Unfazed by the European debt crisis and sluggish global economy, Rolls-Royce plans to increase the number of dealers from 105 to 120 worldwide in countries such as Vietnam, Thailand and Chile to target the well-to-do.
Rolls-Royce is counting on the growing wealth in Asia and South America to generate demand as the debt crisis dampens sentiment among Europe's rich. The number of households in these regions with more than $5 million in assets is set to grow by 3 to 5 percent per year in the coming years, said Torsten Mueller-Oetvoes, Rolls-Royce's CEO.
"Of course, we feel that the mood isn't the best in certain markets, but we're able to compensate with growth in places such as Russia, the Middle East and China," he said. "Our goal is to grow sustainably and not chase volume. Rolls-Royce will remain exceptional," Torsten added. The concentration of wealth is increasing in developing markets. The Asia-Pacific region overtook North America with the most high-net worth individuals in 2011.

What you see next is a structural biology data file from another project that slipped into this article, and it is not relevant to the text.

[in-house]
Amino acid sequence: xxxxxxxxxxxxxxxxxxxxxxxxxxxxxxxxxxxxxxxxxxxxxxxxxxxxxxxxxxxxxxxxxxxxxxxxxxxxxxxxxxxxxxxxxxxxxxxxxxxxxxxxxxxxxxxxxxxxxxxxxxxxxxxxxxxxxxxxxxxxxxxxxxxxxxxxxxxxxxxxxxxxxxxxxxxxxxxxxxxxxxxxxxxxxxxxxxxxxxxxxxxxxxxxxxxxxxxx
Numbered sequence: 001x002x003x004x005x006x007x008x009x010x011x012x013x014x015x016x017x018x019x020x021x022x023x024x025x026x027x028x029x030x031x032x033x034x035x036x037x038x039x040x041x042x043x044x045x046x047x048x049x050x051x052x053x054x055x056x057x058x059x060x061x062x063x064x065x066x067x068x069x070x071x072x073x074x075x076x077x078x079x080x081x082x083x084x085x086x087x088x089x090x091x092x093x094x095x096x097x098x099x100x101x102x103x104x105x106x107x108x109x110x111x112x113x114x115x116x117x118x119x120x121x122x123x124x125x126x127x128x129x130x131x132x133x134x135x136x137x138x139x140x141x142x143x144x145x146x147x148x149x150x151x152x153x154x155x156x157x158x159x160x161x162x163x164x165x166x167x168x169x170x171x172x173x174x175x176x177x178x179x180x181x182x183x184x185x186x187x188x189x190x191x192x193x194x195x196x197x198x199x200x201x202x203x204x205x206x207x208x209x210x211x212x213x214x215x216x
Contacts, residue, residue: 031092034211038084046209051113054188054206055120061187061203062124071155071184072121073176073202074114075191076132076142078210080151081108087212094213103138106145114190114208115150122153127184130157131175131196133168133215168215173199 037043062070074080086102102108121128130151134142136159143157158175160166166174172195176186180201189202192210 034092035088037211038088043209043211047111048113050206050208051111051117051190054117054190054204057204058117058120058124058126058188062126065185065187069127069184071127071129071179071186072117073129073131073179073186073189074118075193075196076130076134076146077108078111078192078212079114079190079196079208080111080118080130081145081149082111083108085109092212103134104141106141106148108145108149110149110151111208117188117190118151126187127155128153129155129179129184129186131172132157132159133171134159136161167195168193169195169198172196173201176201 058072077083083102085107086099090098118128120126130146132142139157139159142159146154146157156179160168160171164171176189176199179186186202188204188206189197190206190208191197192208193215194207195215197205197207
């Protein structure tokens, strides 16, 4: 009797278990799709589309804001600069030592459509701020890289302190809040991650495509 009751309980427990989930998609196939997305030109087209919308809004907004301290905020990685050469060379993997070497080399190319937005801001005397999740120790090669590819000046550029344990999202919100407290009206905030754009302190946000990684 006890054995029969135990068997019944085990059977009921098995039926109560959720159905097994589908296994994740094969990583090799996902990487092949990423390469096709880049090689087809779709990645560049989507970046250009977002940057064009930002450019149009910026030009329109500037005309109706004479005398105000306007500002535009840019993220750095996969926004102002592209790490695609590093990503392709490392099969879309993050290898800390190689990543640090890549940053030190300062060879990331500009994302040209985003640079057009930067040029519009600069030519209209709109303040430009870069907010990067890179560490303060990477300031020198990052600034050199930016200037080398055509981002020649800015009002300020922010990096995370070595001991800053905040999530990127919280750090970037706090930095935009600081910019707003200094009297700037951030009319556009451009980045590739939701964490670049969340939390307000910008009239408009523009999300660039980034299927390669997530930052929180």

Earlier this year, Rolls-Royce created a Year of the Dragon special edition of the Phantom for the China market, featuring a hand-painted gold dragon on each side of the wheelbase. They were sold out within two months. China is the perfect example rising affluence in Asia.